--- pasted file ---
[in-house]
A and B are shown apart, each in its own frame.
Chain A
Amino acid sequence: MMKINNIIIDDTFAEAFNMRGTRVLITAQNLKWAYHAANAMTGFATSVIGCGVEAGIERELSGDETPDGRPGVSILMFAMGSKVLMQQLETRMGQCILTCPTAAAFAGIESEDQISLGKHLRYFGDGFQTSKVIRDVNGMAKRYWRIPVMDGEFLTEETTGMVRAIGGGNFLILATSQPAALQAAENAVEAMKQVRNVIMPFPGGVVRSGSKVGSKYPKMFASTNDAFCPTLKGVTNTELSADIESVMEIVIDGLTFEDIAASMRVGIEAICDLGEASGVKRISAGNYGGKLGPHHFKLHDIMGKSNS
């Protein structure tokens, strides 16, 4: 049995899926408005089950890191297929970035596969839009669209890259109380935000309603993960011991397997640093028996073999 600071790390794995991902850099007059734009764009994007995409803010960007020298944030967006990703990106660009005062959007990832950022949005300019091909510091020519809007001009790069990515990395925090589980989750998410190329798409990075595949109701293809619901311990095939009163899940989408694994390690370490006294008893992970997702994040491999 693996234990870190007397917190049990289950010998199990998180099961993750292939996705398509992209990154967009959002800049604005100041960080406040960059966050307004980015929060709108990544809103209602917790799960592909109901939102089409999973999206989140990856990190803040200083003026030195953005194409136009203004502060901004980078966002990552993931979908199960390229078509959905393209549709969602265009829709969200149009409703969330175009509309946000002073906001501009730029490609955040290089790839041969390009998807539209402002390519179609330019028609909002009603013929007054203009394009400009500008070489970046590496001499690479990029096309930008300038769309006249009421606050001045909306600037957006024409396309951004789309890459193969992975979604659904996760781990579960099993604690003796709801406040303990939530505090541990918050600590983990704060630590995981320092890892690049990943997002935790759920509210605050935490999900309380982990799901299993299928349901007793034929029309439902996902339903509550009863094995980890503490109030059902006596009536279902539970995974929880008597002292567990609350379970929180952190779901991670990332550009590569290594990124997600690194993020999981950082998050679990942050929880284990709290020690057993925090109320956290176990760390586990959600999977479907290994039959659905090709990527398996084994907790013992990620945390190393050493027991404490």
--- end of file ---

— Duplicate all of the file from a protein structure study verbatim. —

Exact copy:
[in-house]
A and B are shown apart, each in its own frame.
Chain A
Amino acid sequence: MMKINNIIIDDTFAEAFNMRGTRVLITAQNLKWAYHAANAMTGFATSVIGCGVEAGIERELSGDETPDGRPGVSILMFAMGSKVLMQQLETRMGQCILTCPTAAAFAGIESEDQISLGKHLRYFGDGFQTSKVIRDVNGMAKRYWRIPVMDGEFLTEETTGMVRAIGGGNFLILATSQPAALQAAENAVEAMKQVRNVIMPFPGGVVRSGSKVGSKYPKMFASTNDAFCPTLKGVTNTELSADIESVMEIVIDGLTFEDIAASMRVGIEAICDLGEASGVKRISAGNYGGKLGPHHFKLHDIMGKSNS
């Protein structure tokens, strides 16, 4: 049995899926408005089950890191297929970035596969839009669209890259109380935000309603993960011991397997640093028996073999 600071790390794995991902850099007059734009764009994007995409803010960007020298944030967006990703990106660009005062959007990832950022949005300019091909510091020519809007001009790069990515990395925090589980989750998410190329798409990075595949109701293809619901311990095939009163899940989408694994390690370490006294008893992970997702994040491999 693996234990870190007397917190049990289950010998199990998180099961993750292939996705398509992209990154967009959002800049604005100041960080406040960059966050307004980015929060709108990544809103209602917790799960592909109901939102089409999973999206989140990856990190803040200083003026030195953005194409136009203004502060901004980078966002990552993931979908199960390229078509959905393209549709969602265009829709969200149009409703969330175009509309946000002073906001501009730029490609955040290089790839041969390009998807539209402002390519179609330019028609909002009603013929007054203009394009400009500008070489970046590496001499690479990029096309930008300038769309006249009421606050001045909306600037957006024409396309951004789309890459193969992975979604659904996760781990579960099993604690003796709801406040303990939530505090541990918050600590983990704060630590995981320092890892690049990943997002935790759920509210605050935490999900309380982990799901299993299928349901007793034929029309439902996902339903509550009863094995980890503490109030059902006596009536279902539970995974929880008597002292567990609350379970929180952190779901991670990332550009590569290594990124997600690194993020999981950082998050679990942050929880284990709290020690057993925090109320956290176990760390586990959600999977479907290994039959659905090709990527398996084994907790013992990620945390190393050493027991404490």